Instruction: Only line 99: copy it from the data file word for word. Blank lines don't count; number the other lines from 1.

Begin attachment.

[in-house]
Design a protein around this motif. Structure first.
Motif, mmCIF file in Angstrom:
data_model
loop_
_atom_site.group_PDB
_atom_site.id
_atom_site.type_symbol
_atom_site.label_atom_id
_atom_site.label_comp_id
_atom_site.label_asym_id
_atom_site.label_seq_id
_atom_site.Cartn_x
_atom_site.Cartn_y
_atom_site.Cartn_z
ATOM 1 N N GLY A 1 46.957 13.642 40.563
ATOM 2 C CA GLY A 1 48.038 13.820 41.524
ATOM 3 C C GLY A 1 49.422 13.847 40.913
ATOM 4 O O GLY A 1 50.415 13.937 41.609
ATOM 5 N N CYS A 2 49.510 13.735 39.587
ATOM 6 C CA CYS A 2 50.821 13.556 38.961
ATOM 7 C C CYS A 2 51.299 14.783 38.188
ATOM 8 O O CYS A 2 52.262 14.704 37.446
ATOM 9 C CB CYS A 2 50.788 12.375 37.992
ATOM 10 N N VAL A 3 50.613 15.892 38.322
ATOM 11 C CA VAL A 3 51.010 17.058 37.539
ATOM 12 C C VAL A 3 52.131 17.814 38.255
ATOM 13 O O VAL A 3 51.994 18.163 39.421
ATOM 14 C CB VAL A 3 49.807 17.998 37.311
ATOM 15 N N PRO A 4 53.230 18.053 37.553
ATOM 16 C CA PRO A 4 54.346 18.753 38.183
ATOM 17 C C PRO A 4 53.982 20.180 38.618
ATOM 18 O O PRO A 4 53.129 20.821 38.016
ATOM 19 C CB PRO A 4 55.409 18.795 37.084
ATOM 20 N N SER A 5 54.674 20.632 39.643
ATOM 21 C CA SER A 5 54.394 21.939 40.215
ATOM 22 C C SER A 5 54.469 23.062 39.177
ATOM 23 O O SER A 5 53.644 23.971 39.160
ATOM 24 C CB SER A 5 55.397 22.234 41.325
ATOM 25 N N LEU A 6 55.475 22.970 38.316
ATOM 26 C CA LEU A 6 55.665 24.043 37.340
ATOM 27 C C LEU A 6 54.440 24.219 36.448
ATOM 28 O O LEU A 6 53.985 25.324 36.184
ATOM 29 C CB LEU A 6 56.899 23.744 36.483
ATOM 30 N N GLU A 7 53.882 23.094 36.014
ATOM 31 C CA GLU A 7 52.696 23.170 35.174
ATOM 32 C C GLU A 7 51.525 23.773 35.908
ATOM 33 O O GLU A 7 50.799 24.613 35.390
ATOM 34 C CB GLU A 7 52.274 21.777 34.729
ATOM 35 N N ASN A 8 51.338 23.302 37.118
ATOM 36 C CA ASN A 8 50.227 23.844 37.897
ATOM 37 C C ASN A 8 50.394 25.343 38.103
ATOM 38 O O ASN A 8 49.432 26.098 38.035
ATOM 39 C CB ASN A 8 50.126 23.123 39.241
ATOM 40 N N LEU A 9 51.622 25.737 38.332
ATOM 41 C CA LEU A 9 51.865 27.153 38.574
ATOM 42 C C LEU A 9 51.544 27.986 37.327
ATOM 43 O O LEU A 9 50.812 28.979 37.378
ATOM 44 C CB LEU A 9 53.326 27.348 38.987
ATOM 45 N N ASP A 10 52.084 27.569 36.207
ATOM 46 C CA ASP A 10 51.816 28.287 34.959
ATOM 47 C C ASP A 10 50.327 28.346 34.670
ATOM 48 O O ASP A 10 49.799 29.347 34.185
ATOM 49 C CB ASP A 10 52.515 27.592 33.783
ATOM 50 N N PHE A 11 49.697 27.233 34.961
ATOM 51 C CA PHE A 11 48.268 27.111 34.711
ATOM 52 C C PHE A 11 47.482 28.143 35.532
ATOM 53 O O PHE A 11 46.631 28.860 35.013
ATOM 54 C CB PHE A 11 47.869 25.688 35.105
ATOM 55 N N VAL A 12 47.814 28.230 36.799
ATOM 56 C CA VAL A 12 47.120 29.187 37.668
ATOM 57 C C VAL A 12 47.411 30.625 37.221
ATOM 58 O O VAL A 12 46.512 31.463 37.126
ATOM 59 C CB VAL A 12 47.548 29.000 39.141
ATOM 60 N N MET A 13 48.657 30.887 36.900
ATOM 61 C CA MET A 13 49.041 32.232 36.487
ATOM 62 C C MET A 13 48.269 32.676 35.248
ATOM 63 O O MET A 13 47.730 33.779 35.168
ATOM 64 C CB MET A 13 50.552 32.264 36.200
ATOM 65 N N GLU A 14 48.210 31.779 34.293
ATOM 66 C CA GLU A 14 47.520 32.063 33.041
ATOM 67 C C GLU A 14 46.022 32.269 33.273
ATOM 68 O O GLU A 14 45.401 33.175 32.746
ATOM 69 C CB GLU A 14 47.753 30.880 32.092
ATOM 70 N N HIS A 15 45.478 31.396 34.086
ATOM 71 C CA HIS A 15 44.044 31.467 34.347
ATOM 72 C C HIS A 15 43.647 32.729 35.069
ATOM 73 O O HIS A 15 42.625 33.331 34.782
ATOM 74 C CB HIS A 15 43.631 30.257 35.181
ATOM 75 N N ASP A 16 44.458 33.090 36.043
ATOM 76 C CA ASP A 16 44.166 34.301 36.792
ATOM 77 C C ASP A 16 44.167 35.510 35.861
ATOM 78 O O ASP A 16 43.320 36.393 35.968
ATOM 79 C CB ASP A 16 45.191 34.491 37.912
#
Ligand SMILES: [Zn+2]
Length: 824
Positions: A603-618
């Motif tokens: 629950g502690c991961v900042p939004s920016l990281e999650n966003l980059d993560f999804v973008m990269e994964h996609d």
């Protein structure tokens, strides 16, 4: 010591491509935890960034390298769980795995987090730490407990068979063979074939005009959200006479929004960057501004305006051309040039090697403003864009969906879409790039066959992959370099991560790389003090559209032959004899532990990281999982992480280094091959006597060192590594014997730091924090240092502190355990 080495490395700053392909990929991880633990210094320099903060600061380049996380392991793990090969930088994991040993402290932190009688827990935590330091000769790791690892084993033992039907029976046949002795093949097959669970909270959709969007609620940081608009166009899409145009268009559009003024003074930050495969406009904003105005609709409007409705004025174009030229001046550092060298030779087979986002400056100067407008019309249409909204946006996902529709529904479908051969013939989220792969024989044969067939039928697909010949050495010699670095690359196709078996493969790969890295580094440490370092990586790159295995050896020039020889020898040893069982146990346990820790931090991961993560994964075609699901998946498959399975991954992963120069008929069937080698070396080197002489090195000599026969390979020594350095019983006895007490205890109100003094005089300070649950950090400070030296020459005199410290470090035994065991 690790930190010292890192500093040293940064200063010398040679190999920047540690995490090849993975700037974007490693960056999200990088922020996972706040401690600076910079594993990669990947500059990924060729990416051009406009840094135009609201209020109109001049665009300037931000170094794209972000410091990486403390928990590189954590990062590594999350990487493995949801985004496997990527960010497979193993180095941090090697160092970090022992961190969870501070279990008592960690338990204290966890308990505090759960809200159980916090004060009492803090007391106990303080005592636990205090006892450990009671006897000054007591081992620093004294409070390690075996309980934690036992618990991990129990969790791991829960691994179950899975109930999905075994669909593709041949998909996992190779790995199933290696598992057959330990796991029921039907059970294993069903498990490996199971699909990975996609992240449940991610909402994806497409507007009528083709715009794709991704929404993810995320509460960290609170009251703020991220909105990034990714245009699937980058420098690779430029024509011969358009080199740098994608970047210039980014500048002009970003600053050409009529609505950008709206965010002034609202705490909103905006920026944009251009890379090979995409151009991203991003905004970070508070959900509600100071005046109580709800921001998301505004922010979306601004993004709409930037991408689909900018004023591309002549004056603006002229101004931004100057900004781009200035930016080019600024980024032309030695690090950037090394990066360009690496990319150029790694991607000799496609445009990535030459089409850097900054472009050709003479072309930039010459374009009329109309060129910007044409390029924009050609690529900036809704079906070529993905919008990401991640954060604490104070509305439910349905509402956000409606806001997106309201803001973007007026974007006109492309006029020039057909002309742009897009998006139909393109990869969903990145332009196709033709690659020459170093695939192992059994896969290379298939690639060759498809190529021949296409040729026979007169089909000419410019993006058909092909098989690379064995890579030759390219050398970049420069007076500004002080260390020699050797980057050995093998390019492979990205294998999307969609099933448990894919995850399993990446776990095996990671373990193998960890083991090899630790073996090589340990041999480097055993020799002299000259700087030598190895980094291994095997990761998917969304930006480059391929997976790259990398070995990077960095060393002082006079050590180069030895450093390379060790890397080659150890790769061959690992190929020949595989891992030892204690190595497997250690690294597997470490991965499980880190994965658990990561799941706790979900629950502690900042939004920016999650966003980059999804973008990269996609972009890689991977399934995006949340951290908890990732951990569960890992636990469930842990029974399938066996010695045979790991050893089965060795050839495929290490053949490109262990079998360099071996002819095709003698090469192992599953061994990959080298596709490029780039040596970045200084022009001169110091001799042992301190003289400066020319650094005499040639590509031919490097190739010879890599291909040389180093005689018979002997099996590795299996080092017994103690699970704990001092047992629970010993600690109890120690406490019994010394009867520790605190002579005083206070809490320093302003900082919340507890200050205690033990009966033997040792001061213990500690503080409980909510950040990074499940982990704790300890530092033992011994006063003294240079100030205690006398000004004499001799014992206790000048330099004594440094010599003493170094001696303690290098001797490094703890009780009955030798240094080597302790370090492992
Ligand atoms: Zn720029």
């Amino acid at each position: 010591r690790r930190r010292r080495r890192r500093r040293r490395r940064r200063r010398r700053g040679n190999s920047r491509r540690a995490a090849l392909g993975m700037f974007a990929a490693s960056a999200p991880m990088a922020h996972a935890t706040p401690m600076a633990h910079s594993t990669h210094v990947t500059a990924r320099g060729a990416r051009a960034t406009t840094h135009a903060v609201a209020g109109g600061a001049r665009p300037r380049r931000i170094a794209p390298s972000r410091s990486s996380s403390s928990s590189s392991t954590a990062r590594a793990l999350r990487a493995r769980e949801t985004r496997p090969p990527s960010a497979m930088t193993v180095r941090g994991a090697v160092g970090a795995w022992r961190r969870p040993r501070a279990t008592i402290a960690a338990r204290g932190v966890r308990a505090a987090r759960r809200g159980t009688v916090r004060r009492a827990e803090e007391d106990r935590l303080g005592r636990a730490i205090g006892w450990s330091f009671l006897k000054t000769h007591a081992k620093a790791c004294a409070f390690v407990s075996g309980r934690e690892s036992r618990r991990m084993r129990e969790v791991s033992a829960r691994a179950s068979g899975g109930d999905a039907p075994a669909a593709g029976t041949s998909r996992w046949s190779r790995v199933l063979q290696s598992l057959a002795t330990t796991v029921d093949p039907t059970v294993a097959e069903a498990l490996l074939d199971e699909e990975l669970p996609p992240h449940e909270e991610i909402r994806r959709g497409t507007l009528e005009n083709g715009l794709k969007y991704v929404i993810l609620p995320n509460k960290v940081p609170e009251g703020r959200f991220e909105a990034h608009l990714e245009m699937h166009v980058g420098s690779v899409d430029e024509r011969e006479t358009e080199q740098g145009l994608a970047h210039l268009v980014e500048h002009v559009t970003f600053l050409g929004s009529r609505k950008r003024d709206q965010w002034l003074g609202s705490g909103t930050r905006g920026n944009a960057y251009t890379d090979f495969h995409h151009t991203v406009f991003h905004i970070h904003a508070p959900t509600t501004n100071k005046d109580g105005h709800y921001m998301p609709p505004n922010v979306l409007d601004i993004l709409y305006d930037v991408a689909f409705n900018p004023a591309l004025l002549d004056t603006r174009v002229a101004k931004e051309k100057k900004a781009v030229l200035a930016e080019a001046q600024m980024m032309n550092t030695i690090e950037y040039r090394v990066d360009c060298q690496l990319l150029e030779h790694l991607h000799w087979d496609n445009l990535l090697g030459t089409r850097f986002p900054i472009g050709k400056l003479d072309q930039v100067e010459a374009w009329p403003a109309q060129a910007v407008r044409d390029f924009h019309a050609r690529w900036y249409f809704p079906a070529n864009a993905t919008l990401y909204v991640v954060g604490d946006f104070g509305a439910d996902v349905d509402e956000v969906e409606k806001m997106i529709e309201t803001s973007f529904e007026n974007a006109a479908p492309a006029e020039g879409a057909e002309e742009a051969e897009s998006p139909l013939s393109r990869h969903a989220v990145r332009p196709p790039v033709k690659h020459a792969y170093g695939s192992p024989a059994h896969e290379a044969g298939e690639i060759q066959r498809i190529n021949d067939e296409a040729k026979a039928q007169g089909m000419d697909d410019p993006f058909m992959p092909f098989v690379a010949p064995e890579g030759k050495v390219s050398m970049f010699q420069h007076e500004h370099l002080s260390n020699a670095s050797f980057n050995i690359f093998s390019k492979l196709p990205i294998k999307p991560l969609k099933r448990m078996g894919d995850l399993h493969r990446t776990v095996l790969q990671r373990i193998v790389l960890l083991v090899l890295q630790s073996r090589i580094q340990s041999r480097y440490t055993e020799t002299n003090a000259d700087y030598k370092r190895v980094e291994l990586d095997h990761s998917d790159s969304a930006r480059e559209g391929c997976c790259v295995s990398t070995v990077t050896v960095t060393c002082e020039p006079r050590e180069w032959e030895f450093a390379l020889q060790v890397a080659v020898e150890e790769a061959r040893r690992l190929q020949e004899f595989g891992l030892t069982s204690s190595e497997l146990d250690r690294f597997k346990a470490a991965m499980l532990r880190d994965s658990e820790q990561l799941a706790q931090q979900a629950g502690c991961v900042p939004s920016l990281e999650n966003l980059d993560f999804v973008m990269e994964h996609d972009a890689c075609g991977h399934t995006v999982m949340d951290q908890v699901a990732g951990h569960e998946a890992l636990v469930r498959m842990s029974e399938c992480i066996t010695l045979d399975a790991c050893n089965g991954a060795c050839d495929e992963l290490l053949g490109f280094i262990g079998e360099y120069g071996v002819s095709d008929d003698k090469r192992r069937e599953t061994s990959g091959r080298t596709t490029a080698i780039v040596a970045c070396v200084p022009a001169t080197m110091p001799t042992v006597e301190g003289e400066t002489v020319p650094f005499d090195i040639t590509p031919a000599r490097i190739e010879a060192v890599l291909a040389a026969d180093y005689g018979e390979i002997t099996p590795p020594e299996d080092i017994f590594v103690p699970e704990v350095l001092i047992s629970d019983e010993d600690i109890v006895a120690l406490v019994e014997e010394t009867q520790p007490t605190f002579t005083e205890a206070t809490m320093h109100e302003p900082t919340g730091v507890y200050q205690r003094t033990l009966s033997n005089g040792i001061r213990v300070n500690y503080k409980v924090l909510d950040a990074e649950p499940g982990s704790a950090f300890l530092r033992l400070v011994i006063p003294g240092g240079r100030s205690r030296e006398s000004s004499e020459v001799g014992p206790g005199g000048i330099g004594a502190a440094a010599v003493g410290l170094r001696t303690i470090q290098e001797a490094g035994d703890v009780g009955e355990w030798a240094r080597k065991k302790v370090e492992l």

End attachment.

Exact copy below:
């Motif tokens: 629950g502690c991961v900042p939004s920016l990281e999650n966003l980059d993560f999804v973008m990269e994964h996609d």